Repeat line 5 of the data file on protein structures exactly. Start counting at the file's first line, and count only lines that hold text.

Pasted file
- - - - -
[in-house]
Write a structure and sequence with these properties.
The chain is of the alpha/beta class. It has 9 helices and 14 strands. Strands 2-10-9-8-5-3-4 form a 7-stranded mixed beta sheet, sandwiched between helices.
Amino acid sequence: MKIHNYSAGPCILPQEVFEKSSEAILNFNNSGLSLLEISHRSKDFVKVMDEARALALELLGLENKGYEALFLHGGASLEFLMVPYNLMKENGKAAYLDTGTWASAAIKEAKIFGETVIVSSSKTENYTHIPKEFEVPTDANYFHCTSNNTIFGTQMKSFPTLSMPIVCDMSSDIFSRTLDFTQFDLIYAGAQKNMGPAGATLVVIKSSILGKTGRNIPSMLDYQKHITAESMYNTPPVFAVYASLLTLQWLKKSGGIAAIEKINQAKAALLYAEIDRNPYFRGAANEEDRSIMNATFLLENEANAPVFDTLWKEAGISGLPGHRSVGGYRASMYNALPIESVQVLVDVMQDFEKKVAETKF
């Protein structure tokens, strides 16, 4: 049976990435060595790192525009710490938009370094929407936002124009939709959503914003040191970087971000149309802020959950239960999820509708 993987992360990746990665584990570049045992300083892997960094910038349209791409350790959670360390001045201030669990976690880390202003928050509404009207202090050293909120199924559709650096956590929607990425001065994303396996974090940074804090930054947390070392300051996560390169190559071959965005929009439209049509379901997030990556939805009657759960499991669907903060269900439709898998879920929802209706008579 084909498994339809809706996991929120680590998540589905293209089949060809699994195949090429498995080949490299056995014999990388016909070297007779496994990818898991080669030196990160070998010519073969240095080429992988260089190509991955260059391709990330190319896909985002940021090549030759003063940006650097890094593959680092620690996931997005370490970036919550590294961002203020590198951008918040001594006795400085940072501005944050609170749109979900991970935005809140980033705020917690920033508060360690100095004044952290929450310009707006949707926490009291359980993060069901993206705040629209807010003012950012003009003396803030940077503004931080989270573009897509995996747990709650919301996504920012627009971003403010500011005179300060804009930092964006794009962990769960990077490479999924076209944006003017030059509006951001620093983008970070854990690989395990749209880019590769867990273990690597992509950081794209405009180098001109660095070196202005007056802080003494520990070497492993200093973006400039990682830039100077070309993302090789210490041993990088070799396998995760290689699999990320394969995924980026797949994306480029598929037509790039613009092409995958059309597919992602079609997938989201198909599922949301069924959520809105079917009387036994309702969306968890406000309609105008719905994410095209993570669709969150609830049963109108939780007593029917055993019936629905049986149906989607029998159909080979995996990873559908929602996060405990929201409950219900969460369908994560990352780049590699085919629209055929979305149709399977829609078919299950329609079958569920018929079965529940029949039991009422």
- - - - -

């Protein structure tokens, strides 16, 4: 049976990435060595790192525009710490938009370094929407936002124009939709959503914003040191970087971000149309802020959950239960999820509708 993987992360990746990665584990570049045992300083892997960094910038349209791409350790959670360390001045201030669990976690880390202003928050509404009207202090050293909120199924559709650096956590929607990425001065994303396996974090940074804090930054947390070392300051996560390169190559071959965005929009439209049509379901997030990556939805009657759960499991669907903060269900439709898998879920929802209706008579 084909498994339809809706996991929120680590998540589905293209089949060809699994195949090429498995080949490299056995014999990388016909070297007779496994990818898991080669030196990160070998010519073969240095080429992988260089190509991955260059391709990330190319896909985002940021090549030759003063940006650097890094593959680092620690996931997005370490970036919550590294961002203020590198951008918040001594006795400085940072501005944050609170749109979900991970935005809140980033705020917690920033508060360690100095004044952290929450310009707006949707926490009291359980993060069901993206705040629209807010003012950012003009003396803030940077503004931080989270573009897509995996747990709650919301996504920012627009971003403010500011005179300060804009930092964006794009962990769960990077490479999924076209944006003017030059509006951001620093983008970070854990690989395990749209880019590769867990273990690597992509950081794209405009180098001109660095070196202005007056802080003494520990070497492993200093973006400039990682830039100077070309993302090789210490041993990088070799396998995760290689699999990320394969995924980026797949994306480029598929037509790039613009092409995958059309597919992602079609997938989201198909599922949301069924959520809105079917009387036994309702969306968890406000309609105008719905994410095209993570669709969150609830049963109108939780007593029917055993019936629905049986149906989607029998159909080979995996990873559908929602996060405990929201409950219900969460369908994560990352780049590699085919629209055929979305149709399977829609078919299950329609079958569920018929079965529940029949039991009422």